E-DRUG: Medical doctors & belief in brand names (10)
This is an interesting discussion which goes back a number of years. The
fact that we discuss it today shows that little has been achieved in changing
the attitude, behaviour and positions in this respect. One or two things can be
done to change the 'belief'. For example, education can be used as an avenue to
address the 'belief': the difference between 'patent product' and a 'generic
product' needs to be addressed objectively, and the education process can help
in that. Another approach is health policy. At the end of the day, a doctor is
not an independent unit who can decide what to provide to a patient (of course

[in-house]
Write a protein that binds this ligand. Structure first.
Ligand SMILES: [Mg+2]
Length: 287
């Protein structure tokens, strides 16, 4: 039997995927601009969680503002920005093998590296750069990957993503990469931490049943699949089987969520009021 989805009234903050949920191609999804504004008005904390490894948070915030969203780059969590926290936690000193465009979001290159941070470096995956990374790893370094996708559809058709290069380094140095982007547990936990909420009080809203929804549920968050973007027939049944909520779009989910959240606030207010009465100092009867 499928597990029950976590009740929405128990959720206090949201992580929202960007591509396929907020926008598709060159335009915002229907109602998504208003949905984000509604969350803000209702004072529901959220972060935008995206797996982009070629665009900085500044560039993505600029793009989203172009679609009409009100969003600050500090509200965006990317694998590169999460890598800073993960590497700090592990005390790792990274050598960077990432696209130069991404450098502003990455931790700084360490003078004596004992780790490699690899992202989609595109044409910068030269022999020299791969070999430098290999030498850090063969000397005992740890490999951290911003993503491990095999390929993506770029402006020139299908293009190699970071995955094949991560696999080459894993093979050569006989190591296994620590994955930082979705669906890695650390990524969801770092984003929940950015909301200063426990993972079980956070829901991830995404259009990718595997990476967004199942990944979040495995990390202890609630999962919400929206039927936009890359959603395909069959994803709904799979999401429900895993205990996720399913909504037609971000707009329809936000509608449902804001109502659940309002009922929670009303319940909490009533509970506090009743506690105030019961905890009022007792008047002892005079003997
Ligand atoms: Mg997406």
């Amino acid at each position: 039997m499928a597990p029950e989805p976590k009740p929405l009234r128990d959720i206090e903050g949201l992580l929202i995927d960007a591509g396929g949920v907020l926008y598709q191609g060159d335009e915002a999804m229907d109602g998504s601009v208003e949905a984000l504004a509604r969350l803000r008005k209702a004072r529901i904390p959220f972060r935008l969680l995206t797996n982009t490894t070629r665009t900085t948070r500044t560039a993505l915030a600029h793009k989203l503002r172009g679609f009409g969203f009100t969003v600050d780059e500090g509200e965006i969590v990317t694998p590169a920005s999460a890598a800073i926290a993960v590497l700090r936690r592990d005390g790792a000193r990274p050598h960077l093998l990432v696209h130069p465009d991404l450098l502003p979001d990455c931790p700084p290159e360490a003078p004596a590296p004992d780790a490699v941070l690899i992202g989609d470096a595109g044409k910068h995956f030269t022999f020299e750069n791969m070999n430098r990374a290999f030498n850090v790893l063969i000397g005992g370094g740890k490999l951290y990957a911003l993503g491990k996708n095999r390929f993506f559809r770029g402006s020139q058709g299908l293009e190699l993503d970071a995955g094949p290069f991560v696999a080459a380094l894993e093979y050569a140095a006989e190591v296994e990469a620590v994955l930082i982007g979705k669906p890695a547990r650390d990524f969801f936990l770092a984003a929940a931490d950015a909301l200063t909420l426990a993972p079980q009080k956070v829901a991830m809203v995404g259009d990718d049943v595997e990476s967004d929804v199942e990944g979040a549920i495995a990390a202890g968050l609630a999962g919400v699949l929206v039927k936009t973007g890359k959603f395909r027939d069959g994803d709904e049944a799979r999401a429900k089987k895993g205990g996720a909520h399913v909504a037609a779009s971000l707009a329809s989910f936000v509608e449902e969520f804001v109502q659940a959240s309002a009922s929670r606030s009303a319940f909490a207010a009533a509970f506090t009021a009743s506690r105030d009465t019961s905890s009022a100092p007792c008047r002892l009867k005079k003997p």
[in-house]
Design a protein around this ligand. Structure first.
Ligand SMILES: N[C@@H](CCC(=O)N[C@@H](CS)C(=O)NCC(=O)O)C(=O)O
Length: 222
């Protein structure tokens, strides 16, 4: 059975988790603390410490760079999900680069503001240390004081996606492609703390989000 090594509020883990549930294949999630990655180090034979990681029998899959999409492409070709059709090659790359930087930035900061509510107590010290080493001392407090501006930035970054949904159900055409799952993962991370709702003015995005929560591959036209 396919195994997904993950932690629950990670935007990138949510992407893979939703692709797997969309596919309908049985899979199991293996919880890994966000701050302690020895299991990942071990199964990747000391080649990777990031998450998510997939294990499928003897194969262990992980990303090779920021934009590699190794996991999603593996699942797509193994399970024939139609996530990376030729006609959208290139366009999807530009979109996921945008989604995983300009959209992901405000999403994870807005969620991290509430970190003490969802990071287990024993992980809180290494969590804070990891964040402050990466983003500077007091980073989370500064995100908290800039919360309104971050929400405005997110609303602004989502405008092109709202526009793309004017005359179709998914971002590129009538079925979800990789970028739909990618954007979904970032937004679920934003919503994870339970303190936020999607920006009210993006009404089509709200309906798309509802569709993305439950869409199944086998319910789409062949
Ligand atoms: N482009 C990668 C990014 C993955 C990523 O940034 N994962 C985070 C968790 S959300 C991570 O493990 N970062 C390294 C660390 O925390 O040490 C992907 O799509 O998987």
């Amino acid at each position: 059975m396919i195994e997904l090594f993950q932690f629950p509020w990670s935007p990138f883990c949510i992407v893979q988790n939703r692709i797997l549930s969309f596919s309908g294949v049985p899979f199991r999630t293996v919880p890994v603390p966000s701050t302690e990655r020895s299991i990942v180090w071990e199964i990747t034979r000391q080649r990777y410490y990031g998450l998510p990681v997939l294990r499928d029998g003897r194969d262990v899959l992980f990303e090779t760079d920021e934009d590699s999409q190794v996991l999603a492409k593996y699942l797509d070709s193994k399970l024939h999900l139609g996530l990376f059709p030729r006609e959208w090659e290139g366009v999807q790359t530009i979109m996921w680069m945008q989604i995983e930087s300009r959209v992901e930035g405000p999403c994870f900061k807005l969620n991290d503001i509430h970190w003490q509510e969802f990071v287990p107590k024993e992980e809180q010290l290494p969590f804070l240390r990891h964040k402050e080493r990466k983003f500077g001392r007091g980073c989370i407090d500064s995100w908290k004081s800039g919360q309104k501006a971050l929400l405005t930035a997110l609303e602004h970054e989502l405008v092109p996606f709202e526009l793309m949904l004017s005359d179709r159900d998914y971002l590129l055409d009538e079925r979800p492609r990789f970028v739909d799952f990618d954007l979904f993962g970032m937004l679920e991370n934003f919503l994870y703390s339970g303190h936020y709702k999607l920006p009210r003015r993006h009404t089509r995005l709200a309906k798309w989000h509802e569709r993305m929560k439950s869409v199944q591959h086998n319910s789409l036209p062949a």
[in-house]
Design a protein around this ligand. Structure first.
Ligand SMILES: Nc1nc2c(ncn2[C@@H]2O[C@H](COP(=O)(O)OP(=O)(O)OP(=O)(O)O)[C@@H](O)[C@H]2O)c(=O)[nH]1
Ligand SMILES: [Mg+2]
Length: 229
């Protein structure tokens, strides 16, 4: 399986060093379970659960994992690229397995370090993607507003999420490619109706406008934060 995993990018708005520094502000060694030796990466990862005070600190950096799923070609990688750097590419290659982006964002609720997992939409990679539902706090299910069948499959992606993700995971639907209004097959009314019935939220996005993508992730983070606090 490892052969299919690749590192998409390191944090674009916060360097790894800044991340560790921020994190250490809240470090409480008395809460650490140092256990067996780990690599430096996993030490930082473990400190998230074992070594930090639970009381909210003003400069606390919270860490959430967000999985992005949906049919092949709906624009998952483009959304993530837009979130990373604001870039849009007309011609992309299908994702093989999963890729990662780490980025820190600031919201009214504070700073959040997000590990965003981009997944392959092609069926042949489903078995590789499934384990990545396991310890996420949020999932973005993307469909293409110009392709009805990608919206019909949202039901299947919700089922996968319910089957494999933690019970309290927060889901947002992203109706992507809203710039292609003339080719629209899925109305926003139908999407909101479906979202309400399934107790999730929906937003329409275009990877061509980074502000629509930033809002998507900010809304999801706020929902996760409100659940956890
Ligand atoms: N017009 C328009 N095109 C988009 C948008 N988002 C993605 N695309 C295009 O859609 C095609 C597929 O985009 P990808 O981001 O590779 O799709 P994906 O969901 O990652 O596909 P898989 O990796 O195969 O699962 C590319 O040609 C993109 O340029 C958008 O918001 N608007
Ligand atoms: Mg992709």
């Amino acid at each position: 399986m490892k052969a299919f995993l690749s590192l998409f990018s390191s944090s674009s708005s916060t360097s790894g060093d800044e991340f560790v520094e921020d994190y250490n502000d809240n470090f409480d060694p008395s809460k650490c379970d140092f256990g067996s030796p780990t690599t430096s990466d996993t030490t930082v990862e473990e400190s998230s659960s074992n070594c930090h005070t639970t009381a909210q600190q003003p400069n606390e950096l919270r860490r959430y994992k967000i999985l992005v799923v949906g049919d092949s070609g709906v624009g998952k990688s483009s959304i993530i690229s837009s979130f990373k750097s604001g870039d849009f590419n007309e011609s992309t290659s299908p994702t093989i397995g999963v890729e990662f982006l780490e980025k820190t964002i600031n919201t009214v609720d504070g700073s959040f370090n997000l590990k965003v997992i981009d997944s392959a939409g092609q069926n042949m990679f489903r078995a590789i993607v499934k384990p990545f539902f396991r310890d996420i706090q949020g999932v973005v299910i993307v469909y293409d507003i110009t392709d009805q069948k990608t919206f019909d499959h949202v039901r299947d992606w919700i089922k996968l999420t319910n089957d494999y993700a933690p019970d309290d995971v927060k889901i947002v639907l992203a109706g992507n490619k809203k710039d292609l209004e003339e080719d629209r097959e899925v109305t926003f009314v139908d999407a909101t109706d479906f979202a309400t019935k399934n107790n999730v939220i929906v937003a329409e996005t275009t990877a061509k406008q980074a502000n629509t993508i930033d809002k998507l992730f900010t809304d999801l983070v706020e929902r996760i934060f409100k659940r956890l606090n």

in the very long past that was the case!). There is national guidance in that
process. Many countries suffer from a lack of clear policy on pharmaceutical
products, specifically in the use of brands and generics (the Netherlands'
decision is a case in point).
There may be 'National Formulary' committee or similar bodies, but an
assessment of their guidelines often shows no reference to a national
position on patents and generics. It is often left to pharmacists in the system
to advocate one way or the other. Once that can be addressed objectively,
practitioners (prescribers and pharmacists alike) will be properly guided in
addressing and using forms of pharmaceutical products. In Zambia, we are
following that approach.
Drug Supply Budget Liine,
Ministry of Health,